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Ly H.G.,Translational Research Center for Gastrointestinal Disorders | Ceccarini J.,University Hospitals Leuven | Weltens N.,Translational Research Center for Gastrointestinal Disorders | Bormans G.,Laboratory for Radiopharmacy | And 4 more authors.
Psychotherapy and Psychosomatics | Year: 2015

Background: Functional dyspepsia (FD) is a prevalent functional gastrointestinal disorder (FGID) defined by chronic epigastric symptoms in the absence of organic abnormalities likely to explain them. Comorbidity with mood and anxiety disorders as well as with other FGIDs and functional somatic syndrome (FSS) is high. FD is characterized by abnormal regional cerebral activity in cognitive/affective pain modulatory circuits, but it is unknown which neurotransmitter systems are involved. The authors aimed to assess and compare in vivo cerebral cannabinoid-1 (CB1) receptor availability between FD patients and age-, gender- and BMI-matched healthy controls (HC). Methods: Twelve FD patients and 12 matched HC were investigated using positron emission tomography (PET) with the CB1 receptor radioligand [18F]MK-9470. Nine of the patients received a second PET scan after a naturalistic follow-up period of 36 ± 9.6 months (range: 25.2-50.4 months). Results: FD patients had significantly higher CB1 receptor availability in the cerebral regions involved in (visceral) nociception (brainstem, insula, anterior cingulate cortex) as well as in the homeostatic and hedonic regulation of food intake [hypothalamus, (ventral) striatum] (p < 0.05 corrected for multiple testing, region of interest analysis), which persisted after a follow-up period of 36 ± 9.6 months. Conclusions: Although these findings need replication in larger samples, they suggest that the abnormal brain activity in several of these regions, previously demonstrated in FD, may be due to a sustained endocannabinoid system dysfunction, identifying it as a potential novel target for treatment and warranting further studies to elucidate whether it is also a feature of other FGIDs or FSSs. © 2015 S. Karger AG, Basel.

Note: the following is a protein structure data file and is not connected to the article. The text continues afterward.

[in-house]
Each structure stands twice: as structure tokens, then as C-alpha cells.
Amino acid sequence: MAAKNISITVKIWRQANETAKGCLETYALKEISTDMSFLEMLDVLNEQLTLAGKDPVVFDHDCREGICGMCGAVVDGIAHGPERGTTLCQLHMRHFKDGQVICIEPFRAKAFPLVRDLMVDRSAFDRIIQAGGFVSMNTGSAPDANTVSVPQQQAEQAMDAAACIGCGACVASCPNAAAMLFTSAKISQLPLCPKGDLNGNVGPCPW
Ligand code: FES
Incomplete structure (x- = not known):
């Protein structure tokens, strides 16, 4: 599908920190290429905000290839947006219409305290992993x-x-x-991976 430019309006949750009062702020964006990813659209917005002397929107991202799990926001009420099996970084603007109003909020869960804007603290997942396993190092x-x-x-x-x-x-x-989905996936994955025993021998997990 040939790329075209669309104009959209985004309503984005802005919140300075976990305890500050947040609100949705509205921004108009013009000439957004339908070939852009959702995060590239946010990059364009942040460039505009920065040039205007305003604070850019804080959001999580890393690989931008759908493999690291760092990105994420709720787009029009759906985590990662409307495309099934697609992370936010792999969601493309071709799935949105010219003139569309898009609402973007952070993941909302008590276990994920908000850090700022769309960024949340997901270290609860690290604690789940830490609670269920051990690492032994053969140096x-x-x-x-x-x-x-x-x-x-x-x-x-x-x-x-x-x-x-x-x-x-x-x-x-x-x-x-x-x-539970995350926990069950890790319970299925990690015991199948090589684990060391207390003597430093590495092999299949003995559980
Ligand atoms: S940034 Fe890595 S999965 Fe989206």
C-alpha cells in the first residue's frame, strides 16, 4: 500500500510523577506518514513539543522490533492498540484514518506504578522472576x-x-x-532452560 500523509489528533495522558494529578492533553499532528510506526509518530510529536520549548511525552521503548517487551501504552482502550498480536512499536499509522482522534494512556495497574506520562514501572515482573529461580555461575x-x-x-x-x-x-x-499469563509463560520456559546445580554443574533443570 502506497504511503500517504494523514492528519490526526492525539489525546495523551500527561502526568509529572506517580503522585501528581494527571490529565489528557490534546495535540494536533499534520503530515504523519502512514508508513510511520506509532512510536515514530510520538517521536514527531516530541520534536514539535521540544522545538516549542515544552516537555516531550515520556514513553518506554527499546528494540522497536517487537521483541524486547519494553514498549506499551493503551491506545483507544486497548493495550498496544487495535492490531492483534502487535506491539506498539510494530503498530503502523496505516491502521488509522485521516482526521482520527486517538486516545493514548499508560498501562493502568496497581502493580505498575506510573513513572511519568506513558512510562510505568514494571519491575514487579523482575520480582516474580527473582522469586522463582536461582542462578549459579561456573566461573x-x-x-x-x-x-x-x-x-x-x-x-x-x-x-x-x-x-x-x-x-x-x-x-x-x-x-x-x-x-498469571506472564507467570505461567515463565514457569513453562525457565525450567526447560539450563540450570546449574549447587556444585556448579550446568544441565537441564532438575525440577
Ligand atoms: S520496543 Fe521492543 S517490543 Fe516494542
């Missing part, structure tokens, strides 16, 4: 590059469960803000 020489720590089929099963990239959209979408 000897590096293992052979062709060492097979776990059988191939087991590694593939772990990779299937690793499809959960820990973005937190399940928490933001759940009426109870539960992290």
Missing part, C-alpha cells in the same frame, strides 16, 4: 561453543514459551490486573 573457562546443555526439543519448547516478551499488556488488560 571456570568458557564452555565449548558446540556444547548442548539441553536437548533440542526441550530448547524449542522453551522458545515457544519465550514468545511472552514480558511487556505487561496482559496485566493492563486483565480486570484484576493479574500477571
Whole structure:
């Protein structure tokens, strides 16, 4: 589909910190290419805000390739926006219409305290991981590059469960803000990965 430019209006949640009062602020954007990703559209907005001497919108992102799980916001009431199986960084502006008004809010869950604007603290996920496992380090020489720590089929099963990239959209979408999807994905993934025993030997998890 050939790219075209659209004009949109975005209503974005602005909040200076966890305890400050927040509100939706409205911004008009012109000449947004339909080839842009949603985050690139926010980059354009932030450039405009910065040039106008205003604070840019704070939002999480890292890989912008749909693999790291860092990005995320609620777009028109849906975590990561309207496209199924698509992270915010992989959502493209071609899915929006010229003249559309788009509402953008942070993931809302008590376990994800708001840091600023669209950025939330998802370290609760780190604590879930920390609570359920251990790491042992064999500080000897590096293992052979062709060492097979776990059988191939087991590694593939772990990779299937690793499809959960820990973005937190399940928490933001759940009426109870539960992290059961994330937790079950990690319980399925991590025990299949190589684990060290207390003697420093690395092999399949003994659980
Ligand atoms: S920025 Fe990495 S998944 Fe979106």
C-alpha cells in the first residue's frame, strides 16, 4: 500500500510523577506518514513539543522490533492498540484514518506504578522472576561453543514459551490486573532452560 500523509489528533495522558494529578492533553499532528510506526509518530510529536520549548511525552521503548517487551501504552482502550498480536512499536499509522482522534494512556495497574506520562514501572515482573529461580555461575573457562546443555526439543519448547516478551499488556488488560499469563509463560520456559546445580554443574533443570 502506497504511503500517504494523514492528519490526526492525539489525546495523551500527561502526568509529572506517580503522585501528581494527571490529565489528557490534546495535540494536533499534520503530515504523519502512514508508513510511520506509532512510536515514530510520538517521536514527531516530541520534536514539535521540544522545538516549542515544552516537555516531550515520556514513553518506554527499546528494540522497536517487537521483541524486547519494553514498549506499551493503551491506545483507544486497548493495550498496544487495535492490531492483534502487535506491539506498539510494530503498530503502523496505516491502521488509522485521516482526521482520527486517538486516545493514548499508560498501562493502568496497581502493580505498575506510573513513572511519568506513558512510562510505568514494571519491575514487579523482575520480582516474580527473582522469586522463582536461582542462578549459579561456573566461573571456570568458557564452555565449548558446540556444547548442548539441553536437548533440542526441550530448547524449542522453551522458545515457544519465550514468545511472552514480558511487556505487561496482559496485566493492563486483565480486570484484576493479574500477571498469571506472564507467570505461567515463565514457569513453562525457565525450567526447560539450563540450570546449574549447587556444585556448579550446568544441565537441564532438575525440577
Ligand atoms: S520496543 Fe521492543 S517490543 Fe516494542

Evens N.,Laboratory for Radiopharmacy | Vandeputte C.,IMIR K.U. Leuven | Muccioli G.G.,Leuven Drug Research Institute | Lambert D.M.,Leuven Drug Research Institute | And 5 more authors.
Bioorganic and Medicinal Chemistry | Year: 2011

The type 2 cannabinoid receptor (CB2R) is part of the endocannabinoid system and is expressed in tissues related to the immune system. As the CB2R has a very low brain expression in non-pathological conditions, but is upregulated in activated microglia, it is an interesting target for visualization of neuroinflammation using positron emission tomography with a suitable radiolabeled CB2R ligand. In this study, we radiolabelled a fluoroethyl derivative of GW405833, a well known CB2R partial agonist, with fluorine-18 (half-life 109.8 min) by alkylation of the phenol precursor with 1-bromo-2-[18F]fluoroethane. In vitro studies showed that FE-GW405833 behaved as a selective high affinity (27 nM) inverse agonist for hCB2R. [18F]FE-GW405833 showed moderate initial brain uptake in mice and rats, but a slow washout from brain and plasma due to retention of a radiometabolite. Specific binding of the tracer to human CB2R was demonstrated in vivo in a rat model with local CB 2R overexpression in the brain. Optimized derivatives of GW405833 that are less susceptible to metabolism will need to be developed in order to provide a useful tracer for CB2R quantification with PET. © 2011 Elsevier Ltd. All rights reserved.

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